How do you make night-time toilet trips as uneventful as possible?
Rachel: I always advise parents to lift children last thing at night, before they go to bed, to put them on the loo, without even waking them up fully. That way, their sleep won’t be disturbed later on and hopefully, there won’t be a need for them to get out of bed.
Dr Rania: Try to make these as quiet as possible, by doing very little or no talking and keeping the lights dim, so that your child does not wake up fully and hence find it difficult to get back to sleep.
My two-year-old wakes up at 5.30am, no matter what time he goes to bed, and has dropped his daytime nap – how can I ensure he's getting enough sleep?
Rachel: 5.30am is too early – and children have to learn to stay in their bedroom and not get up. It really does come down to explaining this to children, and sending them back to bed when they come in to wake you. Look for special clocks where a rabbit’s ears pop up, or the sun comes up when it’s time for them to wake up. For a two-and-a-half year old, that’s a good way to explain things. Then they know if it’s too early for them to be getting up. Again, be firm and consistent and things will improve.
Dr Rania: Different children will need a different number of hours of sleep. It is normal for some two year olds to drop their daytime nap. If your child appears energetic, is meeting his developmental milestones and does not seem to be suffering from lack of sleep, then simply stick to a regular bedtime, follow your bedtime routine and don’t worry.
My toddler still needs a nap in the afternoon, but it's getting later in the day and is affecting the time he'll fall asleep at bedtime – should we drop the nap altogether?
Dr Rania: You should keep at least a four-hour gap between the time your toddler wakes up from his afternoon nap and his bedtime. If he’s beginning to fall asleep later each day, you should wake him up earlier and not allow him to sleep as long as he wants. He will eventually outgrow the need to have this afternoon nap, and by doing this you will help wean him off it. Hopefully, he’ll go on to have an uneventful night’s sleep.
How can I encourage my 14-week-old daughter to take a nap in the afternoon? She’s fine in the mornings, but I can’t seem to get her to settle for that afternoon session
Rachel: As long as babies have a good morning sleep, they only need a little nap in the afternoon. So, around 45 minutes or half an hour in the mid-afternoon is just fine. In Dubai, you generally find that mums are really busy at this time of day – collecting their other children from school and so on. Do bear in mind that it’s fine for a baby to have a nap on the go. As long as the baby is contented and happy, and they are going to bed well, they are getting enough sleep.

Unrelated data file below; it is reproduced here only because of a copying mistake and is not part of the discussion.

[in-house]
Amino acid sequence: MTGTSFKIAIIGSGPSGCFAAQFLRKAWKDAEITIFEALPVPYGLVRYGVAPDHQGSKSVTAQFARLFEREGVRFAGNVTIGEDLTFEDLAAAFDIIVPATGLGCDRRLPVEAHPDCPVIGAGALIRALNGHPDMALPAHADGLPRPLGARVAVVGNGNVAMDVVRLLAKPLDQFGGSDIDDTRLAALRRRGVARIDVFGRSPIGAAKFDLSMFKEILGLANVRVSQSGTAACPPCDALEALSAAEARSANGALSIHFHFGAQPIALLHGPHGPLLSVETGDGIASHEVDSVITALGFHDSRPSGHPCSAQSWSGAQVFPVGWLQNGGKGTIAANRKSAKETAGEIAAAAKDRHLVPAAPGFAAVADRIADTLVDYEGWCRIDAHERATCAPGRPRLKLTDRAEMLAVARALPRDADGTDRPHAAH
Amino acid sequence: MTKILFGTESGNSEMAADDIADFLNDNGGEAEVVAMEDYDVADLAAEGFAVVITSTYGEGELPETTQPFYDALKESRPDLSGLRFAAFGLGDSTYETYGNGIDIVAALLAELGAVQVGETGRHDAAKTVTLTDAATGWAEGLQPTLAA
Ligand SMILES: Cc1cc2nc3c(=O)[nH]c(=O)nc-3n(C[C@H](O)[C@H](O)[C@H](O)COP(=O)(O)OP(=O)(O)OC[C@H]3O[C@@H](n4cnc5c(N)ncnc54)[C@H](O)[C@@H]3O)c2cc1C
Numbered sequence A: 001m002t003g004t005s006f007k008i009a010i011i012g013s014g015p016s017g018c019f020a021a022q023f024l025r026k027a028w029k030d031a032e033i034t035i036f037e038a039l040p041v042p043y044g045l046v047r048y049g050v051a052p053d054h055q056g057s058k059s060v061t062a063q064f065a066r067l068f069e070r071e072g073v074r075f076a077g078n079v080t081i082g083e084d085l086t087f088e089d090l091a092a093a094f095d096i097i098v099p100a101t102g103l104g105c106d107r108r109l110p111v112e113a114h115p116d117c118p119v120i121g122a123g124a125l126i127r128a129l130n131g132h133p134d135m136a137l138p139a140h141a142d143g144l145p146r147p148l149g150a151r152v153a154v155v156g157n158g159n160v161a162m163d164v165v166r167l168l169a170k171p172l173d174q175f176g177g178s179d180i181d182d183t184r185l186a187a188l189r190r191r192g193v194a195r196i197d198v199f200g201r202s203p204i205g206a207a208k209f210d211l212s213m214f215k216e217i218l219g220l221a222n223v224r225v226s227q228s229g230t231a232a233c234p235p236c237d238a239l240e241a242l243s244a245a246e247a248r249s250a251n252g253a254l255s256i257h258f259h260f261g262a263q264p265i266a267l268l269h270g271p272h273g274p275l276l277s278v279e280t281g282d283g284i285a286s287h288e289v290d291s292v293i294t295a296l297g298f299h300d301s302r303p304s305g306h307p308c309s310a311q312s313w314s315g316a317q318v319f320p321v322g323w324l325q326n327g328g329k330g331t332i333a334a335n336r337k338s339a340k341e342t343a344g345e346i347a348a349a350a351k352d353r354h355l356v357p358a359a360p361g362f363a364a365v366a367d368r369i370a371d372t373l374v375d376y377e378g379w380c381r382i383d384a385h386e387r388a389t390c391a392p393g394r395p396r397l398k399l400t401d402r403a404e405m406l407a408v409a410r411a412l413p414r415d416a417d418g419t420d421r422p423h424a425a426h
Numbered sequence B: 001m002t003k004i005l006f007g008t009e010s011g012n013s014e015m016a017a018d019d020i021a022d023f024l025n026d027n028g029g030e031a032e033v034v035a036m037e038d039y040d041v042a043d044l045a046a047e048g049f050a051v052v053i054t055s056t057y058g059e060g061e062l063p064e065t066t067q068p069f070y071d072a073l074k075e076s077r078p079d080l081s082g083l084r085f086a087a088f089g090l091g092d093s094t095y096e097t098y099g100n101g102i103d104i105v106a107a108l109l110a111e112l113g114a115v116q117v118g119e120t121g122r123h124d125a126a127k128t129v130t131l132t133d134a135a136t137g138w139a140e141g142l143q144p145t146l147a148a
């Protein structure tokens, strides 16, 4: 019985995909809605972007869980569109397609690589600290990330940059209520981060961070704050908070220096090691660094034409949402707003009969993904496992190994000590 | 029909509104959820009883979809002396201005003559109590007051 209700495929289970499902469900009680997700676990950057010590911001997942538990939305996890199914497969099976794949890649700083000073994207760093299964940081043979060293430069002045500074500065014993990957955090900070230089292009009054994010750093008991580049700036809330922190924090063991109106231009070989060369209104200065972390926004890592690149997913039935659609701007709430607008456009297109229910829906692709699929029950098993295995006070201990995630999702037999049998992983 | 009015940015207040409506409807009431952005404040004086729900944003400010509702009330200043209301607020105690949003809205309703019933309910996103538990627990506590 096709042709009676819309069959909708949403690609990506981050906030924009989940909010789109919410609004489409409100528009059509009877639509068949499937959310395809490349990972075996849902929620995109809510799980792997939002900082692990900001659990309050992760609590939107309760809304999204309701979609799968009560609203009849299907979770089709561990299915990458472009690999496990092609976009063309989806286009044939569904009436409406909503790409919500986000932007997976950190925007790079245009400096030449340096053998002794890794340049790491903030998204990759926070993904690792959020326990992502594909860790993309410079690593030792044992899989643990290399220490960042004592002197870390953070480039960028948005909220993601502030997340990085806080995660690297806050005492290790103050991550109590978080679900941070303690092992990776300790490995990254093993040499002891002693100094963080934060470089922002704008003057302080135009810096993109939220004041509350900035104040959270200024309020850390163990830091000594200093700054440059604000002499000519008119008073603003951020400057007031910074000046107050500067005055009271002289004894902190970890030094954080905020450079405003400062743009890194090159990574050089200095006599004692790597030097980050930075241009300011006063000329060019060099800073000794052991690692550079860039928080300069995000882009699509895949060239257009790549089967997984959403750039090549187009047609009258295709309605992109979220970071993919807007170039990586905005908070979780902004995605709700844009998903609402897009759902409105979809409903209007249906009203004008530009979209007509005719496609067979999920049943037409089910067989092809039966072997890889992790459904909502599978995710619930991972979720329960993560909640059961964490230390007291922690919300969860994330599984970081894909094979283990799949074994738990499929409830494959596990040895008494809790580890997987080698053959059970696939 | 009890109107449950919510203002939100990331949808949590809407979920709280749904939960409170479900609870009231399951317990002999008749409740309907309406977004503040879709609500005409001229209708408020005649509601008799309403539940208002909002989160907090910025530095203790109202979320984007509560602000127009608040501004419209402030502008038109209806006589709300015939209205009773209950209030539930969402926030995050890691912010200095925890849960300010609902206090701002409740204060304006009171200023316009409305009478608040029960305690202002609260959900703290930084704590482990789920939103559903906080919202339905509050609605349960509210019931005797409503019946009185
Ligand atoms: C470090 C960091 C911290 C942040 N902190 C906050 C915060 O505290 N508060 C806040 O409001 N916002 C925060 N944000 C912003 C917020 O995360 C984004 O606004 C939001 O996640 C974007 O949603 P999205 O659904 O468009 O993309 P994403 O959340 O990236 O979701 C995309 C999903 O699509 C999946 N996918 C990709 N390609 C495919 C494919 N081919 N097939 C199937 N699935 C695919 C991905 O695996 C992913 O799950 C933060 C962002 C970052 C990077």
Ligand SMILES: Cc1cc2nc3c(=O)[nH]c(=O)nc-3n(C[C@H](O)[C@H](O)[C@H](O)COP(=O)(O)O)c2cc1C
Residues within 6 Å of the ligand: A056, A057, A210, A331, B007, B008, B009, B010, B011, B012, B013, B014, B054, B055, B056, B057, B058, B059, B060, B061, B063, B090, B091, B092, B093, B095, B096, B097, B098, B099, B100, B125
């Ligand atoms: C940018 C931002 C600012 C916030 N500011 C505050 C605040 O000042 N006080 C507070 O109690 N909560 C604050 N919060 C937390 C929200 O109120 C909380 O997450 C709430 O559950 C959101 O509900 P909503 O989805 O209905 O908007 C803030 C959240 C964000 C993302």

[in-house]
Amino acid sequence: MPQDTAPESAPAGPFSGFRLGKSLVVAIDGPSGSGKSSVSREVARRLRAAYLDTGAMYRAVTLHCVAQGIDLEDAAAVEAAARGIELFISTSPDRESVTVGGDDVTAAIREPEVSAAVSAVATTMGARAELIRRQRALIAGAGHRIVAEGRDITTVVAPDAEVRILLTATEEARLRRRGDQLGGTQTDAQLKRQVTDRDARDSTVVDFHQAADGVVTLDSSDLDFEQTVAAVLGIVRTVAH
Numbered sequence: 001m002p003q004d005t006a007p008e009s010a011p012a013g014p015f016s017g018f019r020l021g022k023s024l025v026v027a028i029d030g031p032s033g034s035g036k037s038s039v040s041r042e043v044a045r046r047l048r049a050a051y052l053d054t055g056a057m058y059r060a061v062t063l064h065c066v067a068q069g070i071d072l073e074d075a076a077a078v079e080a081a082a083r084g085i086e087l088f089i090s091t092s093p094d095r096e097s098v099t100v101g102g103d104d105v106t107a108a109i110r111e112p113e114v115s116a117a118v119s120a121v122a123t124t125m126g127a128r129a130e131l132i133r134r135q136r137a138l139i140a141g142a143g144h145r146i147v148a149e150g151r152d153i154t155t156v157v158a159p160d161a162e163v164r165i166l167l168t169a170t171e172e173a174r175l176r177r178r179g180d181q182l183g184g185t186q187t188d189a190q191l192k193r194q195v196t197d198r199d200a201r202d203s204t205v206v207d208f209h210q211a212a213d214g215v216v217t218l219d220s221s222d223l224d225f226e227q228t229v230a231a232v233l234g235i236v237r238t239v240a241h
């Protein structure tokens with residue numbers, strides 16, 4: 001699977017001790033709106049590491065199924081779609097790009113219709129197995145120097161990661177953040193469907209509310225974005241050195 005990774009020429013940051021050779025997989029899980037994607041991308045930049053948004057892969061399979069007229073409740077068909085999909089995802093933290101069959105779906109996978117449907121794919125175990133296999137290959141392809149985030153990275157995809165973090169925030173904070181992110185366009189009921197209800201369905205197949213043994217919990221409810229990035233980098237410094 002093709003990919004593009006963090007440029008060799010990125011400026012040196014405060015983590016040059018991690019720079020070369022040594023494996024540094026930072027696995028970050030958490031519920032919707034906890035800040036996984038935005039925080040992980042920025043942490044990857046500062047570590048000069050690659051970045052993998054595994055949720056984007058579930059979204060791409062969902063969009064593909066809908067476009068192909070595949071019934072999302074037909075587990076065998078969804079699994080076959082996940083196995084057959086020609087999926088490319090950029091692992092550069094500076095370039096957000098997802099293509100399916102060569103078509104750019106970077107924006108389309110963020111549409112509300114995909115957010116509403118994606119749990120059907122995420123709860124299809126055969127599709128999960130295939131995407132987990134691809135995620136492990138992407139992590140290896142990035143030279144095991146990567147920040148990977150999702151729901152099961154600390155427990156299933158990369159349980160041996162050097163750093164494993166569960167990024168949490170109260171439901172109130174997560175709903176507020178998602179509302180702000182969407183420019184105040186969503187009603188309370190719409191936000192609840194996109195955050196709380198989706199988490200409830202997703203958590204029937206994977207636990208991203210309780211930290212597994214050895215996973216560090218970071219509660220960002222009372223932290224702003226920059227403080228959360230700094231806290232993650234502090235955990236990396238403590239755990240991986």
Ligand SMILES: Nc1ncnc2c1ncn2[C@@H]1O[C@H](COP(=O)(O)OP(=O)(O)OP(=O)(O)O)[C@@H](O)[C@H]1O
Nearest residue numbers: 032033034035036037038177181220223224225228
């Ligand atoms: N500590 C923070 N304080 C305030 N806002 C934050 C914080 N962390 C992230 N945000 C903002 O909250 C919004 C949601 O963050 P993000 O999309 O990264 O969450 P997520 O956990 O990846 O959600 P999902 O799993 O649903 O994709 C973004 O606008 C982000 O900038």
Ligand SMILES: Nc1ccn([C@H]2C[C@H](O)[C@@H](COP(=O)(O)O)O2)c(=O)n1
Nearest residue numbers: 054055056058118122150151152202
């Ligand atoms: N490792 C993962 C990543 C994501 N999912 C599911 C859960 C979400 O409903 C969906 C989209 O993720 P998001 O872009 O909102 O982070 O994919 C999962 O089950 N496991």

Dr Rania: Some babies find it difficult to settle down for a nap if they’re over-stimulated. You should try to encourage her to nap as soon as you notice her signals for sleepiness. Once a baby is crying and irritable, they have gone past the stage of falling asleep easily. You may need to give her the lunchtime feed a little earlier and try to help her nap after that.
The expert panel
Rachel Waddilove, author, maternity nurse and baby sleep expert
With a career in maternity nursing and child care which has spanned more than 40 years, mum of three and grandmother, Rachel Waddilove, is not afraid to buck the trends. As an advocate of controlled crying and starting babies on solid foods before they hit six months, she admits her no nonsense approach doesn’t suit everyone. ‘I’m a bit of a toughy I’m afraid,’ she tells us. ‘The trouble is that there are so many different ‘methods’ out there these days, that young parents are often blindsided and common sense gets lost along the way.’ It is this straight-talking which has led her to assist A-listers like Gwyneth Paltrow and Minnie Driver through their baby sleep woes – and her latest parenting book, Sleep Solutions, is out January 17.
Dr Rania Ayat Hawayek, specialist paediatrician at Infinity Clinic
Originally from Dubai, Dr Rania Ayat Hawayek completed her medical training at King's College London in 2001. Rania has experience in general paediatrics, as well as accident and emergency, haematology, infectious diseases and neonatology. She is a member of Royal College of Paediatrics and Child Health and has a masters in nutrition. She believes that to achieve and maintain overall wellness of a child, one needs to look at the child as a whole, focussing not only on their medical condition, but also on the family and social aspects of their life.